Sunday 5 September 2021

Nerd Church - The Long Reach of History, 20 Years After 9/11

Warning: this post contains discussions of terrorism, war, murder, and related themes.

The Long Reach of History,  20 Years After 9/11

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I have done my best with this post to be respectful to all lives lost and affected. Please do the same in any replies/comments you may leave, either here or on social media.

I've also spoken about historical events and truths that we in the West would rather not hear about - but it's important that we do. History does not stop being true simply because we refuse to look at it.

(Related Post: Nerd Church - I Watched Jojo Rabbit: Part 2, Facing History)

I've tried not to speak out of turn, and instead have stuck to the information I feel I have correctly understood. 

Much of these events are points of historical debate, and these are my interpretations based on the evidence available to me at time of writing.

If any information is incorrect, I welcome corrections from unbiased sources.

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Next Saturday is September the 11th, 2021.

20 years ago, on September the 11th, 2001, two planes crashed into the World Trade Center in New York. Another crashed into the Pentagon. A fourth plane came down in a field in Pennsylvania.

I was a kid, and I watched the pictures coming from the US on TV - both understanding and not understanding what I was watching.

2974 people - a staggeringly large amount of human beings, each with their own lives and hopes and families - died directly as a result of the 9/11 terror attacks.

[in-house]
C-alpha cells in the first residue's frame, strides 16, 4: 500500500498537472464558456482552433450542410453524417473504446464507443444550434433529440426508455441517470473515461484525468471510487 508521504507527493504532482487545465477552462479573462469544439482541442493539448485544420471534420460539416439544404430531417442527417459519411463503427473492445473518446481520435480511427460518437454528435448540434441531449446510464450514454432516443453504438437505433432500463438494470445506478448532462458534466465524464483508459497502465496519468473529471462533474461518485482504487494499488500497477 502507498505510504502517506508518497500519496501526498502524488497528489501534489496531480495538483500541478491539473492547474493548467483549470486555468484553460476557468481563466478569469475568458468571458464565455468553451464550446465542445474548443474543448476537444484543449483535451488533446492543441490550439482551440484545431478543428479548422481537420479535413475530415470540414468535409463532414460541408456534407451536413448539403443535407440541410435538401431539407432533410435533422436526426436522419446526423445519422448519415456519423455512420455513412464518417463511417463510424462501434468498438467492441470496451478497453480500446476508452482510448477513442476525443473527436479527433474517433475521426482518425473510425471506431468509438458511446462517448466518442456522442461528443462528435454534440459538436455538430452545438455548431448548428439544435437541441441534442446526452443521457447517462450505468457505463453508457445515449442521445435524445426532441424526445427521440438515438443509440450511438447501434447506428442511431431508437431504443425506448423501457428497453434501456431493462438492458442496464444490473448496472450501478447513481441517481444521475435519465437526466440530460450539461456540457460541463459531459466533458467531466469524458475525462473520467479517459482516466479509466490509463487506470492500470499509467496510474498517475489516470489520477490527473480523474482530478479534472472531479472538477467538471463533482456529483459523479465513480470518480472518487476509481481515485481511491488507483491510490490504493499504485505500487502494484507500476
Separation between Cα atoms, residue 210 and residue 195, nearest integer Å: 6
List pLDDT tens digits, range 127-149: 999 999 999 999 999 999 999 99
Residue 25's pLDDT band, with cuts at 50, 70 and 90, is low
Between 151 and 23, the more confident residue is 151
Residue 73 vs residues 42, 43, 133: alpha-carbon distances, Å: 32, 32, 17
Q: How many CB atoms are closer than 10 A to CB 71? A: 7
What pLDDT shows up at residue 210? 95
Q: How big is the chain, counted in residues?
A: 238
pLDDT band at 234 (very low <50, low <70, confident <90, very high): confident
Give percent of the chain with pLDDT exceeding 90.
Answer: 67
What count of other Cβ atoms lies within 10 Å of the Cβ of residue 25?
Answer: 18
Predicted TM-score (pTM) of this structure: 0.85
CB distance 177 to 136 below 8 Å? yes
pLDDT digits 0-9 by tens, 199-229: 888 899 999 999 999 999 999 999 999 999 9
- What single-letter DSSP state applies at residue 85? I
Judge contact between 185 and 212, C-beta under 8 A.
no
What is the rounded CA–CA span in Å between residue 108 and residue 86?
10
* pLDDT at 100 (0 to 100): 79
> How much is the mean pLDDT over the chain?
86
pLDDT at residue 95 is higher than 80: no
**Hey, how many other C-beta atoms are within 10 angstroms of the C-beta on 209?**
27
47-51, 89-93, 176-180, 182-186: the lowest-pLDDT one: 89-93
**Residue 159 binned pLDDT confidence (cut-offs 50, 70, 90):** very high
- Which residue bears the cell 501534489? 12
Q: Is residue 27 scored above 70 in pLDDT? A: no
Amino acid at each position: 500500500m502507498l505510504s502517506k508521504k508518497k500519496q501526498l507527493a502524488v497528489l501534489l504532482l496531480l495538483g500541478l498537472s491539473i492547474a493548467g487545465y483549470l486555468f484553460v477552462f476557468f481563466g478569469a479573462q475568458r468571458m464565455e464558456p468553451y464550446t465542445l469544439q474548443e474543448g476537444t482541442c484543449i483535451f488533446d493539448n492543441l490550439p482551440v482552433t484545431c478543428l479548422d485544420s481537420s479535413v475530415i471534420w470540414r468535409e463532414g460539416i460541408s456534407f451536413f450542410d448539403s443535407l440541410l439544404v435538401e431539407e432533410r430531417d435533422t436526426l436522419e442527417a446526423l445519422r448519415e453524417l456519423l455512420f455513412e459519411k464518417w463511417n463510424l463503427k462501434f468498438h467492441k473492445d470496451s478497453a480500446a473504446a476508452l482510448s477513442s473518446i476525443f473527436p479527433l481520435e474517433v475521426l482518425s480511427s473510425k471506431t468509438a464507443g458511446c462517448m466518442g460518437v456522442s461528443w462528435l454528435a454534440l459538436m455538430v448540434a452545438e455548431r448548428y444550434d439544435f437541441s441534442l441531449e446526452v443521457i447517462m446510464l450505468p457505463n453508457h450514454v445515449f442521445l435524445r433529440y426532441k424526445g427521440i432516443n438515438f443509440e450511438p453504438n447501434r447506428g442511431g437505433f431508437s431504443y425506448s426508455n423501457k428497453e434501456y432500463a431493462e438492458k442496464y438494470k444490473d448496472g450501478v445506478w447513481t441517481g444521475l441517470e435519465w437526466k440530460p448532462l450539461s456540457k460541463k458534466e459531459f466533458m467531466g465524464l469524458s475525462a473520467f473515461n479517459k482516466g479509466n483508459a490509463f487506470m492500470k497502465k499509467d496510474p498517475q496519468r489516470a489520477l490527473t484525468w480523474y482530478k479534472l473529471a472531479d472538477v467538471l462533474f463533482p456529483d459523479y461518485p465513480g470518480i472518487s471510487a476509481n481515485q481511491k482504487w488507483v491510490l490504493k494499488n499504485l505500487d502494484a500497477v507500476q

But those who were injured or whose respiration was affected by those events continue to die as an indirect, or as a prolonged-direct, result of the attacks. 

Numbers on this vary, but Newsweek wrote this in-depth piece last year if you want more info.

I think, initially at least, we felt the affects of 9/11 less quickly here in the UK than they did in the US - it happened, it was awful, but it wasn't here and affecting us, y'know? 

Or at least, that's what it seemed like to me - but again, I was a kid, and things don't always hit kids the same way they hit everyone else.

I remember the TV pictures pretty damn clearly though, even now - the dust and the blood and the screaming.

And then came the wars in Afghanistan and Iraq.

And then came the terror attacks here, and in Europe.

And it didn't feel so far away any more.

But even I could tell - and yes, I was an extremely precocious smarta** kid, but I was a kid all the same - that the people in charge were, more often than not, letting themselves be ruled by fear and rage, rather than logic, reason, and insight.

9/11 and the subsequent war in Afghanistan was a link in a long chain of events, many (though not all) of which boil down to Western and/or European interference in a place where it was not welcome. 

Right back to the British Raj - the name of the Empire in India and other parts of Asia - the West and Russia have often used Afghanistan as some sort of deadly football game between world powers.

Of course, it's way more complex than simply the West being responsible for all the ills of the region - 

The Taliban were inarguably a brutal regime in the late 90s/early 00s, and while we can only hope that their lip-service to progress contains more depth, the rest of the world cannot and should not forget what this group is capable of, and must hold them to account for any actions moving forward.

Trust has to be earned - and they are far from earning anything but the worst of reputations.

Western forces did improve aspects of life in Afghanistan, especially regarding human rights for women, but that historic chain I was talking about, of which 9/11 was a link?